We are just like them today. We are so short-sighted, we choose wrong, don’t we? Even babies would rather have a pacifier than a one-dollar bill. How crazy those babies are! They’d rather have a bottle than a Bible! Eve chose the apple rather than eternal security. Sometimes the dance seems so more important to us than attending prayer meeting. When you as a teenager go out and you choose to take some illegal drug into your life, you are choosing Barabbas because you are choosing a temporary high rather than an eternal high that you could have gotten. Gentlemen, when you look at some other man’s wife and you choose that pleasure, you are choosing Barabbas rather than what God has designed for you. We choose Barabbas every day. We shouldn’t. It’s wrong. It’s sinful. We’re crucifying Jesus when we choose Barabbas. Do you realize you hurt Jesus when you go on drugs. You hurt Jesus when you look at that “other” man or that “other” woman. That should never happen. Today, we choose Barabbas when we put anything ahead of Jesus. Jesus should be first and best in our lives.
The bulk of the crowd had assembled that morning for the legitimate purpose of extracting their hero, Barabbas, out of the iron grip of the Romans. They had not really come to condemn an innocent man, Jesus, to death.
Does this explain why Caiaphas wanted Jesus dead? Notice John 11:47-50, Then the chief priests and the Pharisees called a meeting of the Sanhedrin. “What are we accomplishing?” they asked. “Here is this man performing many miraculous signs. If we let him go on like this, everyone will believe in him, and then the Romans will come and take away both our place and our nation.” Then one of them, named Caiaphas, who was high priest that year, spoke up, “You know nothing at all! You do not realize that it is better for you that one man die for the people than that the whole nation perish.”
Caiaphas had been around. He knew the Romans would not tolerate revolt. His motive is clearly seen in verse 50. It would be best for Jesus to die than for the entire nation to perish. Caiaphas feared that one more uprising would end what little freedom the Jewish people had left. Perhaps Jesus had a larger following than Barabbas. To kill Jesus was better than to let Him live and lead the nation to oblivion.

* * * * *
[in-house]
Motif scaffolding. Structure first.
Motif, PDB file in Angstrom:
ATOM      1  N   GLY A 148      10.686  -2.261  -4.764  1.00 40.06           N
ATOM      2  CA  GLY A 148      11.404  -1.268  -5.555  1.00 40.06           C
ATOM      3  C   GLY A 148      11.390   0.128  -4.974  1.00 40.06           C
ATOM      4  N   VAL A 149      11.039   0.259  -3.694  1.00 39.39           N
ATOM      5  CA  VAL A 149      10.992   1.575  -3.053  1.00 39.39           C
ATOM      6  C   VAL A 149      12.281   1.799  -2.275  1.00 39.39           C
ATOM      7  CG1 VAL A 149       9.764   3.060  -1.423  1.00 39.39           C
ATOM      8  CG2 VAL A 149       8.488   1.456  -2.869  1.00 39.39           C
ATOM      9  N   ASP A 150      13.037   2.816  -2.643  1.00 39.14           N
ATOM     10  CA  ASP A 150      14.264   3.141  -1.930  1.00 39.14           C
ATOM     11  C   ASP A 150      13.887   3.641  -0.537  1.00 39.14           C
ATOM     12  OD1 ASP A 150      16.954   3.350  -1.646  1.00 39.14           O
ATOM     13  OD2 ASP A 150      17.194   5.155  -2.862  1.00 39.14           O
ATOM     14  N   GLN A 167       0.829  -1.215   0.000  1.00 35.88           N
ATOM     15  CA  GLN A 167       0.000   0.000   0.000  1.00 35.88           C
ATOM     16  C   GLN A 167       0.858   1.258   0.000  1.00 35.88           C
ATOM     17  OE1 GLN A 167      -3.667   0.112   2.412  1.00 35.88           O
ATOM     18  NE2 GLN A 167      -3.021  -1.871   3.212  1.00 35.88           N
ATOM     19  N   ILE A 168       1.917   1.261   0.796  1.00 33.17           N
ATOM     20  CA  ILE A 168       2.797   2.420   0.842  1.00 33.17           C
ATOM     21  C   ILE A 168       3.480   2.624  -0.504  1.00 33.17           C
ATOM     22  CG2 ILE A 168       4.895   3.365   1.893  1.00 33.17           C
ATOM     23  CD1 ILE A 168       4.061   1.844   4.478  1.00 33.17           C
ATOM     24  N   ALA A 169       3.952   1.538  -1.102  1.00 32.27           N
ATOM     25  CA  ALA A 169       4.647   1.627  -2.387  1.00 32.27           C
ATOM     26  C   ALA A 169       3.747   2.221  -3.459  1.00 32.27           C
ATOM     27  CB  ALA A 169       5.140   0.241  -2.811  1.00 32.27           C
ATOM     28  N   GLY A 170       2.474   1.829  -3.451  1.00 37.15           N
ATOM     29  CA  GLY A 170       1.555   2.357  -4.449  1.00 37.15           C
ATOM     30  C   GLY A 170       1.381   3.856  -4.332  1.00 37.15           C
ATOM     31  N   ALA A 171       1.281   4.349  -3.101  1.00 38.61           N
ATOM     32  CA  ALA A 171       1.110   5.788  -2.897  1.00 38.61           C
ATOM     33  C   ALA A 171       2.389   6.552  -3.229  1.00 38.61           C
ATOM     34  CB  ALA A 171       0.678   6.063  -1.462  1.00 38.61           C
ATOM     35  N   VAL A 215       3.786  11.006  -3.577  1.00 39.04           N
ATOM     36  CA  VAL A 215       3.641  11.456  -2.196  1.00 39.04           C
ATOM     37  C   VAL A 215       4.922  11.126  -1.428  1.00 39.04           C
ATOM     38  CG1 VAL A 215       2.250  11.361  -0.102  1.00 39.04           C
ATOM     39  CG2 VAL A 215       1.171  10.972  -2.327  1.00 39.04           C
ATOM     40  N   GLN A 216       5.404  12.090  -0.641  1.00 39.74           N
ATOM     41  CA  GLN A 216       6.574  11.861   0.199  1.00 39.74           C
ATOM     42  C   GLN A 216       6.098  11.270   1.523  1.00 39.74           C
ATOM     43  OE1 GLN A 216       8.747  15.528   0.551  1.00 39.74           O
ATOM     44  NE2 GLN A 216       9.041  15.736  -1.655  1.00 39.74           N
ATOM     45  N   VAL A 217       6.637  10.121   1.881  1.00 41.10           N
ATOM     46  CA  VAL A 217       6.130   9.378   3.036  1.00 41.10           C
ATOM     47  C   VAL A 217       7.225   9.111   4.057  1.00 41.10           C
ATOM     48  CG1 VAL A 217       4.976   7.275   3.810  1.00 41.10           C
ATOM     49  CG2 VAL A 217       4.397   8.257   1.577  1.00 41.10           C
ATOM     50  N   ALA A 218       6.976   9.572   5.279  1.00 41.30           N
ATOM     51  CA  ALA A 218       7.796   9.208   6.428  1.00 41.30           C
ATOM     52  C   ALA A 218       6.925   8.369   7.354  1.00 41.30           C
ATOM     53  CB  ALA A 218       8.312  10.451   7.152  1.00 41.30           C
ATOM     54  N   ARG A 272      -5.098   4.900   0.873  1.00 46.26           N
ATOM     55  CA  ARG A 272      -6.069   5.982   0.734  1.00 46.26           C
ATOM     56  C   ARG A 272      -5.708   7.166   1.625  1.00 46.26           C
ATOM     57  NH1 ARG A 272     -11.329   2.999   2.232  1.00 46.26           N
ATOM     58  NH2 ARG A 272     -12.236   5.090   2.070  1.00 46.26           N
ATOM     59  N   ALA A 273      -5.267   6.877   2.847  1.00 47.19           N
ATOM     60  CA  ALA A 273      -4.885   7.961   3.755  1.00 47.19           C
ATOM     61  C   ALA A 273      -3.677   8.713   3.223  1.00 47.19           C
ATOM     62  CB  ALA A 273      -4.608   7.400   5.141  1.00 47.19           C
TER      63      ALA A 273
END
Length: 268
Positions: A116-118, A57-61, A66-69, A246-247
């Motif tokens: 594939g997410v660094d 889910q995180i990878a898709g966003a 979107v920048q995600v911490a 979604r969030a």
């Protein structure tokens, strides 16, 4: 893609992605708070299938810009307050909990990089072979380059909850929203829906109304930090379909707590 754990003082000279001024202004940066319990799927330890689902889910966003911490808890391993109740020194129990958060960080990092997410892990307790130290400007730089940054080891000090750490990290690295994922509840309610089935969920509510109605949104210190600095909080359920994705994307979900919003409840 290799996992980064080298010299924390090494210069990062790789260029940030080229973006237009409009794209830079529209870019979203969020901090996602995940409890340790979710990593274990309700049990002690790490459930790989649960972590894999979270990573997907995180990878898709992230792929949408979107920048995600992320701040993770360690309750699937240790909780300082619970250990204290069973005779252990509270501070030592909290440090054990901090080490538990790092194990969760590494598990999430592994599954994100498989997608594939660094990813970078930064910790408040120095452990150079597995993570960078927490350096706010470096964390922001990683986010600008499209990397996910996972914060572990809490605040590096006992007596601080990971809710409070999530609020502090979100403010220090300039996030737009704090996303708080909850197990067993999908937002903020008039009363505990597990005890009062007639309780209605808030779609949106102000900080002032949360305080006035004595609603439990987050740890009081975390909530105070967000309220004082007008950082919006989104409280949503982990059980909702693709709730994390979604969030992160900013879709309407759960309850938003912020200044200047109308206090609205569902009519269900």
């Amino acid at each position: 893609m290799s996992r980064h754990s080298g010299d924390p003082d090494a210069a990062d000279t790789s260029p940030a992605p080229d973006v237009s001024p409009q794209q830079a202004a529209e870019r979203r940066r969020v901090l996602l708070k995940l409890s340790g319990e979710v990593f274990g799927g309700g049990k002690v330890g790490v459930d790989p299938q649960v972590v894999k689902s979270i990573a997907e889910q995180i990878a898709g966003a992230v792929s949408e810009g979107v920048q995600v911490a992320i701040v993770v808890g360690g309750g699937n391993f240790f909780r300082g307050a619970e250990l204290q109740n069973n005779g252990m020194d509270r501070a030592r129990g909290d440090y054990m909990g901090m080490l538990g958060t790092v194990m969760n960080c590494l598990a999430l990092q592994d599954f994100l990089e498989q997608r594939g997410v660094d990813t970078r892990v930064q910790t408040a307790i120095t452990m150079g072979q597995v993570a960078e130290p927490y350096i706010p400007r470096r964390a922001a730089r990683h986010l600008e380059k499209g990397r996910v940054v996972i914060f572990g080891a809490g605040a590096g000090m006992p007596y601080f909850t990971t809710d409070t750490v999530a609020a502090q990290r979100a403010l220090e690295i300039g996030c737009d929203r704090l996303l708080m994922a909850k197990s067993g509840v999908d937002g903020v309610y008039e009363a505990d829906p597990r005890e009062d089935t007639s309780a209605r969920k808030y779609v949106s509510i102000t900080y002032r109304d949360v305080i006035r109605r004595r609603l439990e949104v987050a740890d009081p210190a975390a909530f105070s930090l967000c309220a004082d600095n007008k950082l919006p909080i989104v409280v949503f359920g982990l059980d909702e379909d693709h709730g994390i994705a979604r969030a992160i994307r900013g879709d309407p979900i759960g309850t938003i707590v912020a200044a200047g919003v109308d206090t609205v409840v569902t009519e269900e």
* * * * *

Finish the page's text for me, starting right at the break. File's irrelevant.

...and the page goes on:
I wonder what ever happened to Barabbas when they set him free, which they did? I wonder if he went on to become a freedom-fighter? I believe he did. In fact, I believe that the fall of Jerusalem in 70 A.D. could have been caused by this one man being a freedom-fighter, going out and getting a group together and causing the Romans to come against them. It could have happened.
That mob’s choice of Barabbas over Jesus contributed to the fall of Jerusalem a generation later. Even Jesus stated that in Matthew 23:37-39. So, be careful when you choose the world because it could in fact contribute to your fall. When you go out and you choose to smoke that cigarette, you choose to defile your body by some way, it could also hurt your family. Those who live in Jerusalem could be hurt by your actions. You must be careful what you choose when you choose Barabbas. You are in danger of doing that when you place anything else ahead of Jesus Christ.
Be careful when you chose the world. You are in danger when you place anything above Jesus. There is an old song… “NOTHING between my soul and the Savior.” So be careful.
Jesus came to His own, and His own received Him not. They took Him and cast Him off. They judged Him worthy of death. And the whole multitude cried, Give us Barabbas! Liberation through Jesus Barabbas! He believed in self-redemption, not in redemption through the loving Messiah.